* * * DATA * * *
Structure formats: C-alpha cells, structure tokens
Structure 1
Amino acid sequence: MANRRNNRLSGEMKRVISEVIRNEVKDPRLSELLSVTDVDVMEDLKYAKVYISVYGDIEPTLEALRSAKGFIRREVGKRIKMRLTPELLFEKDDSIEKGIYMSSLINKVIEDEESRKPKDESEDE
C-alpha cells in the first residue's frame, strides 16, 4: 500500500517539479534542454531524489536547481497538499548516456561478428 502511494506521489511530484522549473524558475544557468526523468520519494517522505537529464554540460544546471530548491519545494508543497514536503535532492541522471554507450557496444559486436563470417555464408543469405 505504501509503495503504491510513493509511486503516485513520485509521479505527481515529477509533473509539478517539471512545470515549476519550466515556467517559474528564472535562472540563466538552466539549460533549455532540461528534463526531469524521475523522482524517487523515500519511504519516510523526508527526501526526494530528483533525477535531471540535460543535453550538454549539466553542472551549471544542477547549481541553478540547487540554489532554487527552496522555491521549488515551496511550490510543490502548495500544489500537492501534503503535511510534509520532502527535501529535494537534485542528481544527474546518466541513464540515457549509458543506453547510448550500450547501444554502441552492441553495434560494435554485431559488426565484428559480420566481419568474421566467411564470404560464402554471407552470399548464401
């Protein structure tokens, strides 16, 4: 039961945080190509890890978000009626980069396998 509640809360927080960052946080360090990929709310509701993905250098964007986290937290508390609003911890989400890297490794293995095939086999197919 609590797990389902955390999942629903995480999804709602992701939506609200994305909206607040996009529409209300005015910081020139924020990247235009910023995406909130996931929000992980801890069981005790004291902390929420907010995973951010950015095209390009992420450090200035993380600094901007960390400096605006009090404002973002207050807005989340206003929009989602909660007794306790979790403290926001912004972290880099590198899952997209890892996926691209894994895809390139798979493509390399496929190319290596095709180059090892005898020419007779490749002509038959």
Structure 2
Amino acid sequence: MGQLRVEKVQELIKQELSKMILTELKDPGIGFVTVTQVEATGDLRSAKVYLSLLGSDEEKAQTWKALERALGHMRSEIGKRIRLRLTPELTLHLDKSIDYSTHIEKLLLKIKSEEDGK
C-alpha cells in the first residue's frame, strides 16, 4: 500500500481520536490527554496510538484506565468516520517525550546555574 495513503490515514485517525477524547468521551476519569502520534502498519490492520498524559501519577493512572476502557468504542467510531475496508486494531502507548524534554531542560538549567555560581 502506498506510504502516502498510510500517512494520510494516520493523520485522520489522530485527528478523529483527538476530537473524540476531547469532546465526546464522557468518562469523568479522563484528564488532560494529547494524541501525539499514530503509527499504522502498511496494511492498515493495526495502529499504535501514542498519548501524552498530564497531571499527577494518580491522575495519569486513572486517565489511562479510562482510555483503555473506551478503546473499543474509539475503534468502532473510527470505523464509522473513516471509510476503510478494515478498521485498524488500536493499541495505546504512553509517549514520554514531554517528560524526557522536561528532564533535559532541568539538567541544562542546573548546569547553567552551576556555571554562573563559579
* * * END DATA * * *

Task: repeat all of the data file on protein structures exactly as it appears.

Structure formats: C-alpha cells, structure tokens
Structure 1
Amino acid sequence: MANRRNNRLSGEMKRVISEVIRNEVKDPRLSELLSVTDVDVMEDLKYAKVYISVYGDIEPTLEALRSAKGFIRREVGKRIKMRLTPELLFEKDDSIEKGIYMSSLINKVIEDEESRKPKDESEDE
C-alpha cells in the first residue's frame, strides 16, 4: 500500500517539479534542454531524489536547481497538499548516456561478428 502511494506521489511530484522549473524558475544557468526523468520519494517522505537529464554540460544546471530548491519545494508543497514536503535532492541522471554507450557496444559486436563470417555464408543469405 505504501509503495503504491510513493509511486503516485513520485509521479505527481515529477509533473509539478517539471512545470515549476519550466515556467517559474528564472535562472540563466538552466539549460533549455532540461528534463526531469524521475523522482524517487523515500519511504519516510523526508527526501526526494530528483533525477535531471540535460543535453550538454549539466553542472551549471544542477547549481541553478540547487540554489532554487527552496522555491521549488515551496511550490510543490502548495500544489500537492501534503503535511510534509520532502527535501529535494537534485542528481544527474546518466541513464540515457549509458543506453547510448550500450547501444554502441552492441553495434560494435554485431559488426565484428559480420566481419568474421566467411564470404560464402554471407552470399548464401
């Protein structure tokens, strides 16, 4: 039961945080190509890890978000009626980069396998 509640809360927080960052946080360090990929709310509701993905250098964007986290937290508390609003911890989400890297490794293995095939086999197919 609590797990389902955390999942629903995480999804709602992701939506609200994305909206607040996009529409209300005015910081020139924020990247235009910023995406909130996931929000992980801890069981005790004291902390929420907010995973951010950015095209390009992420450090200035993380600094901007960390400096605006009090404002973002207050807005989340206003929009989602909660007794306790979790403290926001912004972290880099590198899952997209890892996926691209894994895809390139798979493509390399496929190319290596095709180059090892005898020419007779490749002509038959």
Structure 2
Amino acid sequence: MGQLRVEKVQELIKQELSKMILTELKDPGIGFVTVTQVEATGDLRSAKVYLSLLGSDEEKAQTWKALERALGHMRSEIGKRIRLRLTPELTLHLDKSIDYSTHIEKLLLKIKSEEDGK
C-alpha cells in the first residue's frame, strides 16, 4: 500500500481520536490527554496510538484506565468516520517525550546555574 495513503490515514485517525477524547468521551476519569502520534502498519490492520498524559501519577493512572476502557468504542467510531475496508486494531502507548524534554531542560538549567555560581 502506498506510504502516502498510510500517512494520510494516520493523520485522520489522530485527528478523529483527538476530537473524540476531547469532546465526546464522557468518562469523568479522563484528564488532560494529547494524541501525539499514530503509527499504522502498511496494511492498515493495526495502529499504535501514542498519548501524552498530564497531571499527577494518580491522575495519569486513572486517565489511562479510562482510555483503555473506551478503546473499543474509539475503534468502532473510527470505523464509522473513516471509510476503510478494515478498521485498524488500536493499541495505546504512553509517549514520554514531554517528560524526557522536561528532564533535559532541568539538567541544562542546573548546569547553567552551576556555571554562573563559579